The Environment Bomb

In 1968, Professor Paul Ehrlich published a best seller entitled “The Population Bomb” predicting a population explosion for the world. This has turned out to be premature decades later. Why? It’s not the number of people that matters most. It’s the extent of industrialization, and the resultant environmental pollution that makes the world unsustainable. To put it precisely, population growth coupled with fast industrialization will trigger the environment bomb long before the population bomb can explode. The environment bomb may slow down the birth rate thus preempting the population bomb from exploding.

How many people can the earth sustain? As of 2012, the world’s population has grown to over 7 billion. Although food and water shortages are always present, they are not widespread. Throughout history, famines occurred periodically due to localized weather disruptions, wars, unstable governments, or distribution problems. If there was no industrialization, the earth could possibly sustain even more people as prehistoric hunters and scavengers spread out in the countryside living at a subsistence level. But that cannot happen. Industrialization is inevitable because the human mind is always thinking about how to do things more productively by inventing tools and machines that make life easier, but pollute the world on a large scale at the same time.

Industrialization has brought forth a modern world with a negative consequence of advancing toward an environmental breakdown. Many people may not believe this because they take natural resources for granted. They will be convinced when they personally suffer the debilitating effects of pollution. The environment does not break down suddenly but will take decades or more to reach a point of no return. By then, it will be too late. Regardless of your belief, the relevant question to ask is: Are we polluting the environment faster than it can regenerate itself to sustain us?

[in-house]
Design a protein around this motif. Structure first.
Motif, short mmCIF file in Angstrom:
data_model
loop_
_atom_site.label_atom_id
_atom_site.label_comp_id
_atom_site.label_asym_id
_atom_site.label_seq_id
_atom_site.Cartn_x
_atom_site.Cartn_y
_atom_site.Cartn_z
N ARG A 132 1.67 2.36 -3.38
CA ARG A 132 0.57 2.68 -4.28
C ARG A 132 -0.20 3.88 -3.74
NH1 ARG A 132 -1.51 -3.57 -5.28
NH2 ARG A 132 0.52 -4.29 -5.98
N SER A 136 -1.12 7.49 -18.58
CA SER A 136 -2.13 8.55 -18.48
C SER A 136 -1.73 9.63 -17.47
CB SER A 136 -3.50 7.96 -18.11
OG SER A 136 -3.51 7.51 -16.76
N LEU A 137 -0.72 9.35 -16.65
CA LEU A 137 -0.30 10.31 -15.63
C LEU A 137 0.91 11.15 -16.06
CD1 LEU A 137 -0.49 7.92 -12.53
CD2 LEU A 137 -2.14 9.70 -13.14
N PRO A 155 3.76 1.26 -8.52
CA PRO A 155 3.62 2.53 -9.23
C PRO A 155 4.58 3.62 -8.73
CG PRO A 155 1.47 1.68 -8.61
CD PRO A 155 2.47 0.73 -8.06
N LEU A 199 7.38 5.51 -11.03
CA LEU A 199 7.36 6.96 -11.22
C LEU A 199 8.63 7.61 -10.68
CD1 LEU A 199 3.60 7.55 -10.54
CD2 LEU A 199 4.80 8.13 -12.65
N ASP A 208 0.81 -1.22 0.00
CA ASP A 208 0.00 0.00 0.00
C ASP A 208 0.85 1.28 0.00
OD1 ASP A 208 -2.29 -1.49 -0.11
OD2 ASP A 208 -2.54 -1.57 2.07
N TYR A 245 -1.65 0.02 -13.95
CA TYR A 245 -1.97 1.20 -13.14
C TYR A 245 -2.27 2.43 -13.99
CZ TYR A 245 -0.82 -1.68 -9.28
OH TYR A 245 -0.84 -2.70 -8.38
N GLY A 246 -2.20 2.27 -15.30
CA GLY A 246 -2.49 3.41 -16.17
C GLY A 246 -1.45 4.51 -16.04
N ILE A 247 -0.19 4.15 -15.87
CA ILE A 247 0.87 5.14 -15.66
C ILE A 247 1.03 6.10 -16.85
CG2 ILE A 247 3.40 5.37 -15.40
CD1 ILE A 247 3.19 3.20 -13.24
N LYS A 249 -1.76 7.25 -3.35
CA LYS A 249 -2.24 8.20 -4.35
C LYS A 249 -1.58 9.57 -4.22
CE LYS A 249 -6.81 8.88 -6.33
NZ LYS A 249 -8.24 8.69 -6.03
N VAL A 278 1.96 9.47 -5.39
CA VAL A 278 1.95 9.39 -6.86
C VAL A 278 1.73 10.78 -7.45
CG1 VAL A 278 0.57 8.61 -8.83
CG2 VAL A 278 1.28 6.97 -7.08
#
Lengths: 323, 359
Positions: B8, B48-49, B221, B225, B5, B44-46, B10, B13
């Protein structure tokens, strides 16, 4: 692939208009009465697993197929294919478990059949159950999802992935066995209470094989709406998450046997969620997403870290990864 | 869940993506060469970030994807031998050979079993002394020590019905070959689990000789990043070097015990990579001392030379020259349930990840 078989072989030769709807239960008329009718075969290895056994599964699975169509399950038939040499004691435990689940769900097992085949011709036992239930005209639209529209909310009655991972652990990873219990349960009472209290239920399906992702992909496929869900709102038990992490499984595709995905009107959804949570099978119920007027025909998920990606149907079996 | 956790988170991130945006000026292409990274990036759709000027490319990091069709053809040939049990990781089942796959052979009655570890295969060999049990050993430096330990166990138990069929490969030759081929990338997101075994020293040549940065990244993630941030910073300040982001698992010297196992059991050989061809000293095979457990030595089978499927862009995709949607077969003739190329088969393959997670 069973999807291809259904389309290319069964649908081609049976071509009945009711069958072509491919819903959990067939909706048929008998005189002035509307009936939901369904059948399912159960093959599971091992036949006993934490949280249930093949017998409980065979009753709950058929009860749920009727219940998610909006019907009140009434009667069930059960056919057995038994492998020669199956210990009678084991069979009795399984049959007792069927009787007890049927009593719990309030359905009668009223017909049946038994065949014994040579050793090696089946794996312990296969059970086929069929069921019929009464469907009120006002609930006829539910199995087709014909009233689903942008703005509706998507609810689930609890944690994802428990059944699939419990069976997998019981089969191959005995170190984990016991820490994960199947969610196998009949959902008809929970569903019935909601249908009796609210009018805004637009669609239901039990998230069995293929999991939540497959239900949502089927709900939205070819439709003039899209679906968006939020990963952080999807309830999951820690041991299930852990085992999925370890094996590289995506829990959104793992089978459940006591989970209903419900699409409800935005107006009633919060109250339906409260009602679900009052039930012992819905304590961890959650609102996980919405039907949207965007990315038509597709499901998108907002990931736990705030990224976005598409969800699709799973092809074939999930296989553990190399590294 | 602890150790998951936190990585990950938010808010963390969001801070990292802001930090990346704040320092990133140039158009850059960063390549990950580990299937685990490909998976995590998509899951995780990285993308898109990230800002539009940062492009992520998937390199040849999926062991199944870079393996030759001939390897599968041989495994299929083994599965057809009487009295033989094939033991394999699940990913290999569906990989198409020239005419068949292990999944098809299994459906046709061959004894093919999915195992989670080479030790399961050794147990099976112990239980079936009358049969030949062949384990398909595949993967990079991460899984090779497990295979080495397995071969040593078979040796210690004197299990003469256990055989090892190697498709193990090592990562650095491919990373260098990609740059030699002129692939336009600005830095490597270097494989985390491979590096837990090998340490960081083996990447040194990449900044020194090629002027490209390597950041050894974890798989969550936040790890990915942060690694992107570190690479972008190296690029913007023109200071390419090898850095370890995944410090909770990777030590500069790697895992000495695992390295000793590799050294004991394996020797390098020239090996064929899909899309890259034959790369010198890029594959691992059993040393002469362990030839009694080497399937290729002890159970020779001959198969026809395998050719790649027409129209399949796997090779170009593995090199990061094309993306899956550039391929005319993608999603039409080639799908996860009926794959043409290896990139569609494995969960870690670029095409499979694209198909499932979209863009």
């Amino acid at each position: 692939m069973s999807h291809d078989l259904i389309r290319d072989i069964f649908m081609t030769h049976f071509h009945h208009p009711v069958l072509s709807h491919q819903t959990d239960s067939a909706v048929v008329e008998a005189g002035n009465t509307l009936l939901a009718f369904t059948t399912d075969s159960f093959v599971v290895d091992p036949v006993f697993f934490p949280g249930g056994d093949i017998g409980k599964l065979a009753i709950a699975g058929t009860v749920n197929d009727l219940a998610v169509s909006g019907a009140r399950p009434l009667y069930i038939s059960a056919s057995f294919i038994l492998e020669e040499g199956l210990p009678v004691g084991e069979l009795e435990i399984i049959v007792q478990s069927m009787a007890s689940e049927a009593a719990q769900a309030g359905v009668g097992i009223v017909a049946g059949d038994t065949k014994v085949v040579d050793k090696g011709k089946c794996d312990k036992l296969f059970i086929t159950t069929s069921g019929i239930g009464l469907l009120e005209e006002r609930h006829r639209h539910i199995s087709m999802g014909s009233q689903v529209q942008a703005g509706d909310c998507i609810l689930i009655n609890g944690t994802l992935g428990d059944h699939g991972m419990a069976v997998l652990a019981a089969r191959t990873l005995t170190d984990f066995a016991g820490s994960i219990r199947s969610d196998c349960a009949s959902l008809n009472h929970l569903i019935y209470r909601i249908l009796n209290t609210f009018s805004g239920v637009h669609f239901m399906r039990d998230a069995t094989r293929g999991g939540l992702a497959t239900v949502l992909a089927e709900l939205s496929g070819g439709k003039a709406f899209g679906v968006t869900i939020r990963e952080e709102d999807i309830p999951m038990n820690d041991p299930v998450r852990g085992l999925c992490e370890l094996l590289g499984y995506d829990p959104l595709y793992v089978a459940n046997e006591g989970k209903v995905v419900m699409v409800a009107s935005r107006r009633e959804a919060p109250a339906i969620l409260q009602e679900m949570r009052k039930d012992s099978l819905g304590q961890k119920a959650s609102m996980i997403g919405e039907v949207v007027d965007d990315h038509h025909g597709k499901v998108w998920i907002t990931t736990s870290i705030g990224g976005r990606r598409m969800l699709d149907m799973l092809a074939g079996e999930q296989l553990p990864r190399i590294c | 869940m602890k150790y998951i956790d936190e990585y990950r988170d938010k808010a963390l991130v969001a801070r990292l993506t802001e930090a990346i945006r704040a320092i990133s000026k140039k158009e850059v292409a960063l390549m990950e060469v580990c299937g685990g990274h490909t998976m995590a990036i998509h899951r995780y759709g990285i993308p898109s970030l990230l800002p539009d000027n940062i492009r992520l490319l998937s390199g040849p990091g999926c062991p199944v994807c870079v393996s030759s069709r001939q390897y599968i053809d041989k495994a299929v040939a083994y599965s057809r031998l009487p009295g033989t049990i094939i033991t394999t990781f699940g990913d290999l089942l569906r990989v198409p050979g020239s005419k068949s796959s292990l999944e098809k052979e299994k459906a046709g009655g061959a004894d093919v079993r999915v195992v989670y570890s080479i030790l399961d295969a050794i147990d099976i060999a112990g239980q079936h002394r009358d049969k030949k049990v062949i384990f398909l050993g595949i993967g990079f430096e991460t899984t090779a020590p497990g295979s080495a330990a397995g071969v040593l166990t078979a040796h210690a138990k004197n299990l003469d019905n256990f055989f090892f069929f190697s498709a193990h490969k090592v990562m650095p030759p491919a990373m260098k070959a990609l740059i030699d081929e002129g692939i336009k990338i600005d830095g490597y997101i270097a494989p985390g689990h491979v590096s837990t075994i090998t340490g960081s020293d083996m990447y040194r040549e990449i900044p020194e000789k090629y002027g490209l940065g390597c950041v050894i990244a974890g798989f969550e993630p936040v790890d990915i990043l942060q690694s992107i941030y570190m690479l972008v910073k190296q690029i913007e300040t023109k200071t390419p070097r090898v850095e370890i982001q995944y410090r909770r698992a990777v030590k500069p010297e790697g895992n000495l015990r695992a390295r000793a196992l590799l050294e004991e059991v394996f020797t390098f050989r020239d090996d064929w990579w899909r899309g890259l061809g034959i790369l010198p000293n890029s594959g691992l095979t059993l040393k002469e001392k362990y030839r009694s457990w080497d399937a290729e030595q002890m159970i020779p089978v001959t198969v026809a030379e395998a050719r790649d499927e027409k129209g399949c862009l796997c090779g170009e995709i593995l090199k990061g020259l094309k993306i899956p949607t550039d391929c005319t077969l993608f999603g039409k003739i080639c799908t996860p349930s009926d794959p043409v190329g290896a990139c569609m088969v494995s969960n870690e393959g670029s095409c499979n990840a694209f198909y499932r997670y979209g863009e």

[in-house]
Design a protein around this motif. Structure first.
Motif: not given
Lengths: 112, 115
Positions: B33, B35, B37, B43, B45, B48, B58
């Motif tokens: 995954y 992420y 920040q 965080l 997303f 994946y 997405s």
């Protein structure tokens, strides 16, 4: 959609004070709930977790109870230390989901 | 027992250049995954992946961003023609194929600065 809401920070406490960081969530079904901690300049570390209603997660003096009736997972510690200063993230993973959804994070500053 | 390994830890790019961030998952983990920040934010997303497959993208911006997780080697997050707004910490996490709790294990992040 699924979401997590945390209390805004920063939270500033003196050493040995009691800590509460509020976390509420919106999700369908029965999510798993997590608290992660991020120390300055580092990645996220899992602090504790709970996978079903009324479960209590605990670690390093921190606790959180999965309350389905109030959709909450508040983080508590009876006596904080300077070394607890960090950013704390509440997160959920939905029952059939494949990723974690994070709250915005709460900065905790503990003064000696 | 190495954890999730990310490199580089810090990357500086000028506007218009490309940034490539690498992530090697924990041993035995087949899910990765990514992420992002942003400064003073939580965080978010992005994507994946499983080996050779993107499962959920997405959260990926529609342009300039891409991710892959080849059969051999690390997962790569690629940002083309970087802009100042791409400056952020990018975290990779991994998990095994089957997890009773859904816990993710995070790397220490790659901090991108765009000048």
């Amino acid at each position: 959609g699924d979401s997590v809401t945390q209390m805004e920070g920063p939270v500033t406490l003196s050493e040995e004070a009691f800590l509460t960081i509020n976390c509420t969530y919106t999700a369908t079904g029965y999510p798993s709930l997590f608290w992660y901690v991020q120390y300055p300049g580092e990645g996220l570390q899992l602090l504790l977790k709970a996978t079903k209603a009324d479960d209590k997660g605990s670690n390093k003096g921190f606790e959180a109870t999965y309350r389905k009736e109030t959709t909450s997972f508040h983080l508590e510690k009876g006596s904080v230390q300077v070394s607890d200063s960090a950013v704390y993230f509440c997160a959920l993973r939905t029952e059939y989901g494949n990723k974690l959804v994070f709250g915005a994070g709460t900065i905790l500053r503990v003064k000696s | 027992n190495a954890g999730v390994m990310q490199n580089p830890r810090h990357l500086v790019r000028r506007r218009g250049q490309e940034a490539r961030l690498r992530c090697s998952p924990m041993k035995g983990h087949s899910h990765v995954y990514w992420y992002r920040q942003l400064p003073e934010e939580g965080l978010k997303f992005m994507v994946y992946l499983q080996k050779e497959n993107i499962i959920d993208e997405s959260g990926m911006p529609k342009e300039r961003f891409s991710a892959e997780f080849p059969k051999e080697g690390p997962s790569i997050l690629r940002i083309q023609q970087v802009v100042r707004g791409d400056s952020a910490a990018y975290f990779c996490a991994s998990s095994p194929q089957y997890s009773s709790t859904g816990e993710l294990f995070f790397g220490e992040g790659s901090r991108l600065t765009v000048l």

Industrialization has altered the world immensely. Two things especially stand out in modern life: urbanization and the ubiquitous automobile, which will only increase in the years to come. These two phenomena will likely trigger the environment bomb. Let’s see how.

In 2010, world urbanization reached a milestone by surpassing the 50% mark for the first time in human history. That means more people are now living in the cities than in the countryside. The pace of urbanization runs faster in developing countries especially in Asia and Africa. People are attracted to the cities because of jobs, entertainment, and other forms of excitement. Urbanization has proceeded very unevenly around the world. For instance, Kuwait is 98% urbanized, Belgium 97%, UK 90%, Brazil 86%, USA 82%, Mexico 77%, Germany 74%, Japan 66%, Indonesia 52%, China 51%, Nigeria 48%, Egypt 43%, India 29%, and Vietnam 28%. Note that many countries with a relatively low urbanization level have large populations going through a rapid rate of industrialization. That means global urbanization will only quicken in the years ahead.